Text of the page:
While analysts in the US continue to stress the fact that the USD remains the main currency of BRICS countries, their analysis seems to be perpetually suffering from an underestimation of the concerted push for alternative systems. Most media reports in the US stress that BRICS currency and/or de-dollarization face an enormous – and almost impossible – challenge of undoing the domination of USD.

A recent report by Carnegie noted the difficulty in these terms:

“Indeed, for many emerging markets, the dollar is more stable and more commonly accepted as a medium of payment in cross-border trade than the local currency. Exports from and imports to emerging markets, particularly commodities, are often priced in dollars”.

This might be a fact. But there is nothing that makes it permanent and/or unchangeable. The centrality of the USD was tied to the centrality of the US in the global political system. This is now changing due to the multiple geopolitical setbacks Washington has faced in the recent past. Its defeat in Afghanistan; the debacle in Iraq and Libya; its failure in Syria, and its failure in preventing a genocide in Palestine at the hands of its closest ally in the world point to the growing US inability to single-handedly dominate the world. As far as the combined West is concerned, it has failed, even after trying for more than two years, to militarily defeat Russia in Ukraine. On the contrary, Russia is at the centre of the politics of alternative currency systems to offset the dominance of the USD.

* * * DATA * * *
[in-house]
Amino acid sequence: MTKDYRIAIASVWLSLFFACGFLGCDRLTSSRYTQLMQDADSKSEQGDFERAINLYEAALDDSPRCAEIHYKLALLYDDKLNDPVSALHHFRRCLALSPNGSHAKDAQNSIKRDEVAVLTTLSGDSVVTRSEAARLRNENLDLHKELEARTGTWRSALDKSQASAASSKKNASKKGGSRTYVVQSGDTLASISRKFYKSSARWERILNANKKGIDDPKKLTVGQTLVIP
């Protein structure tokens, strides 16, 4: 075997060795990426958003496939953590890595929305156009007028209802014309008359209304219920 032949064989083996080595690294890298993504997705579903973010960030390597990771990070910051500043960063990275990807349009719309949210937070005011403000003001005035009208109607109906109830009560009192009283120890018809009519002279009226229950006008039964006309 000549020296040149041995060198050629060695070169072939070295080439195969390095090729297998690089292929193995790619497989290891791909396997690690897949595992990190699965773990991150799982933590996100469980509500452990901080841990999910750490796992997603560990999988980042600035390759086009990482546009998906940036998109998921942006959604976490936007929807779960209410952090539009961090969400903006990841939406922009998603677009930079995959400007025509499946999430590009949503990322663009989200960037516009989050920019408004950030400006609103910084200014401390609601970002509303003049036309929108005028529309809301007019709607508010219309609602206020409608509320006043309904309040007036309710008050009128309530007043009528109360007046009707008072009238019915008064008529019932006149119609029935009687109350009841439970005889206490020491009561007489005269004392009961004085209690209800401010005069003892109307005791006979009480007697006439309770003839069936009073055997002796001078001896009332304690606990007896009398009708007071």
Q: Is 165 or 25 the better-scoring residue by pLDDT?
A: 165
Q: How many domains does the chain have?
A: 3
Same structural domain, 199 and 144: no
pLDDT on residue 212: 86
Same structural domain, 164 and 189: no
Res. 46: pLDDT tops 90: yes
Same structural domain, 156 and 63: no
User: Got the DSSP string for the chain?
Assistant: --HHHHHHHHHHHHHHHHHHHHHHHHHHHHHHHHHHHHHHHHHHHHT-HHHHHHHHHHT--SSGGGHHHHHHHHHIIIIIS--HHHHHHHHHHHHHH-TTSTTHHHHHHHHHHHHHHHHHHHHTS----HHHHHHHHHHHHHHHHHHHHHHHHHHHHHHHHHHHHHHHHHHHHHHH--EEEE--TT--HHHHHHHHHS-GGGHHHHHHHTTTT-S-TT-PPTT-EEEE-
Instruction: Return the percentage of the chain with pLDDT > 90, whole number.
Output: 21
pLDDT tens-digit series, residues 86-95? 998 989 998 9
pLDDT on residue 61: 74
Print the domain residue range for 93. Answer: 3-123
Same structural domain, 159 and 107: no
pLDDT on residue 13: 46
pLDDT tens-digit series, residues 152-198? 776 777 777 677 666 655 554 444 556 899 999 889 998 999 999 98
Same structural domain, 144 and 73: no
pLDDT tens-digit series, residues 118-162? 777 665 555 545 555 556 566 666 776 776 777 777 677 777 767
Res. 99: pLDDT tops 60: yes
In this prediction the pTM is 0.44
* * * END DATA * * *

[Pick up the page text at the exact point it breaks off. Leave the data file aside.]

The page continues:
On top of these setbacks is also the fact that China is now the biggest economic player across almost all continents.  If countries are doing more trade with China than the US and Europe, there is little reason for them to peg their economies to the USD. Instead, they understand that using local currencies and/or any currency other than the USD not only brings economic but also political benefits. First, access to these currencies is not a problem. Second, it allows trade without the fear of US sanctions.

End of Petrodollar: Not an Isolated Episode 

Thus, the end of the petrodollar is not an isolated incident tied to the poor state of the US-Saudi bilateral relations. Bad bilateral ties may have accelerated the de-dollarization of the oil industry, but the wider international context in which the US dominance has been successfully challenged on multiple occasions accounts far more for this tectonic shift than any other factor(s). This shift has happened despite various US efforts to pre-empt it by initiating different crises, including the push to expand NATO to include Ukraine. This war was meant to weaken Russia as a means to weaken the bid to develop a new world order. Various sanctions on China and/or the so-called ‘trade war’ were to weaken Beijing for the same purposes. But none of this has worked, or is likely to work, for Washington, quite obviously. It is for this reason that Europe, too, will drift away from the USD. It is only a question of when rather than if.


Salman Rafi Sheikh, research analyst of International Relations and Pakistan’s foreign and domestic affairs, exclusively for the online magazine “New Eastern Outlook”.